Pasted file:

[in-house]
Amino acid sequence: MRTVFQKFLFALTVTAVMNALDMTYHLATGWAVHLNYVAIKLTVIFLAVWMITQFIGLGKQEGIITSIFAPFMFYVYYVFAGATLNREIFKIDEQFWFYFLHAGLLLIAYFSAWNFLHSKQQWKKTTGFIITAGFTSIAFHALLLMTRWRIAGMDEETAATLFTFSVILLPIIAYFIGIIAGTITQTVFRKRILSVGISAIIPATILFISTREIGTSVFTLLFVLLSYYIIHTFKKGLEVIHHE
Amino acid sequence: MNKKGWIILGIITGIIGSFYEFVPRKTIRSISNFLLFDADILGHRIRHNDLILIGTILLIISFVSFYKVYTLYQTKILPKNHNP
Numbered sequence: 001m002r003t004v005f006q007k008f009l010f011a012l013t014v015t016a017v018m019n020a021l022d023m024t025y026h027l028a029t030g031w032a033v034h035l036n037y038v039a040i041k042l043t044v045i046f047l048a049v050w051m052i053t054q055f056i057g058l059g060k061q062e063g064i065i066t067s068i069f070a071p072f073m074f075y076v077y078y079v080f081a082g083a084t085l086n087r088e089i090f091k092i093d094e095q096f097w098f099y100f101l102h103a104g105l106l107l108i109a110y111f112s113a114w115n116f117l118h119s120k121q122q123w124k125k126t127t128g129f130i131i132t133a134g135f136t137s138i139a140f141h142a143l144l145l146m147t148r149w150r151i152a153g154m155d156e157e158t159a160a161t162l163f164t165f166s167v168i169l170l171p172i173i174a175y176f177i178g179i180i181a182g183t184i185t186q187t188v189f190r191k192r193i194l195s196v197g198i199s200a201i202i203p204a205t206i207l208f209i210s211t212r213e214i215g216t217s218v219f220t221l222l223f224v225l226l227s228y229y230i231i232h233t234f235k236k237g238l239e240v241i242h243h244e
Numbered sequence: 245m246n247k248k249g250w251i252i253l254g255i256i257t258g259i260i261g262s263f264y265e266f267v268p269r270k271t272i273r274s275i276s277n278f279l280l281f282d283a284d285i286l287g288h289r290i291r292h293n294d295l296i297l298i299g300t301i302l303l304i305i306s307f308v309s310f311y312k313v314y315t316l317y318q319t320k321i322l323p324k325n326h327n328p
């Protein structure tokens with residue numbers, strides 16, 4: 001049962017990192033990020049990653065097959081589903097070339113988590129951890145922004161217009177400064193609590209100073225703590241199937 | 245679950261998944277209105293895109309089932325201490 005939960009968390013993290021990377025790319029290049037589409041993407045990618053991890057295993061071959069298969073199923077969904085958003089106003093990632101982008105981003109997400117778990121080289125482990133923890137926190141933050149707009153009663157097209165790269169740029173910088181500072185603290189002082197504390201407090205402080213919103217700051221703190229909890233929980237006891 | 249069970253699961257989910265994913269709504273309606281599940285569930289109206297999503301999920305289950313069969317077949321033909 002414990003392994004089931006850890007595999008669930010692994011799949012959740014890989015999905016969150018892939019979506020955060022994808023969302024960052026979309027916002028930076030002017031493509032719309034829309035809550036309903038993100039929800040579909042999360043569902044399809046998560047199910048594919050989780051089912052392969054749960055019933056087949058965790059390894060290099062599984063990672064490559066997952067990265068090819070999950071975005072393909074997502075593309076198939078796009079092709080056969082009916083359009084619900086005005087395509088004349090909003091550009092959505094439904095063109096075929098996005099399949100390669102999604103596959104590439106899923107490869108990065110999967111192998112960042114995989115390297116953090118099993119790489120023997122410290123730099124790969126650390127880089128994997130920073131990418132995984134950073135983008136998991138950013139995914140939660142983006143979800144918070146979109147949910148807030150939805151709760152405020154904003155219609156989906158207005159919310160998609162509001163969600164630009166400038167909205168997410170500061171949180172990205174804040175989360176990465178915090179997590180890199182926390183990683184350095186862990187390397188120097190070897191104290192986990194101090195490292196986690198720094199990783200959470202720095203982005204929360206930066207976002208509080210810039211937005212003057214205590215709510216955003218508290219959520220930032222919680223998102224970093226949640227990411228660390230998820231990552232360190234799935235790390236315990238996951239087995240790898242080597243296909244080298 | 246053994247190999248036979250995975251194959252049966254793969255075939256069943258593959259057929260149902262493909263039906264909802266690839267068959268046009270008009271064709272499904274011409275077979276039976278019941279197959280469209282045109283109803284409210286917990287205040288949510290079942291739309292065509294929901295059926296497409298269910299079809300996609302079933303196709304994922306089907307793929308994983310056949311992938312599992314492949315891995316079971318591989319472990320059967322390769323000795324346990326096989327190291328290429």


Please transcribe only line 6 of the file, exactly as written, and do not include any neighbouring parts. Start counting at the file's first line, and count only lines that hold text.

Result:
């Protein structure tokens with residue numbers, strides 16, 4: 001049962017990192033990020049990653065097959081589903097070339113988590129951890145922004161217009177400064193609590209100073225703590241199937 | 245679950261998944277209105293895109309089932325201490 005939960009968390013993290021990377025790319029290049037589409041993407045990618053991890057295993061071959069298969073199923077969904085958003089106003093990632101982008105981003109997400117778990121080289125482990133923890137926190141933050149707009153009663157097209165790269169740029173910088181500072185603290189002082197504390201407090205402080213919103217700051221703190229909890233929980237006891 | 249069970253699961257989910265994913269709504273309606281599940285569930289109206297999503301999920305289950313069969317077949321033909 002414990003392994004089931006850890007595999008669930010692994011799949012959740014890989015999905016969150018892939019979506020955060022994808023969302024960052026979309027916002028930076030002017031493509032719309034829309035809550036309903038993100039929800040579909042999360043569902044399809046998560047199910048594919050989780051089912052392969054749960055019933056087949058965790059390894060290099062599984063990672064490559066997952067990265068090819070999950071975005072393909074997502075593309076198939078796009079092709080056969082009916083359009084619900086005005087395509088004349090909003091550009092959505094439904095063109096075929098996005099399949100390669102999604103596959104590439106899923107490869108990065110999967111192998112960042114995989115390297116953090118099993119790489120023997122410290123730099124790969126650390127880089128994997130920073131990418132995984134950073135983008136998991138950013139995914140939660142983006143979800144918070146979109147949910148807030150939805151709760152405020154904003155219609156989906158207005159919310160998609162509001163969600164630009166400038167909205168997410170500061171949180172990205174804040175989360176990465178915090179997590180890199182926390183990683184350095186862990187390397188120097190070897191104290192986990194101090195490292196986690198720094199990783200959470202720095203982005204929360206930066207976002208509080210810039211937005212003057214205590215709510216955003218508290219959520220930032222919680223998102224970093226949640227990411228660390230998820231990552232360190234799935235790390236315990238996951239087995240790898242080597243296909244080298 | 246053994247190999248036979250995975251194959252049966254793969255075939256069943258593959259057929260149902262493909263039906264909802266690839267068959268046009270008009271064709272499904274011409275077979276039976278019941279197959280469209282045109283109803284409210286917990287205040288949510290079942291739309292065509294929901295059926296497409298269910299079809300996609302079933303196709304994922306089907307793929308994983310056949311992938312599992314492949315891995316079971318591989319472990320059967322390769323000795324346990326096989327190291328290429």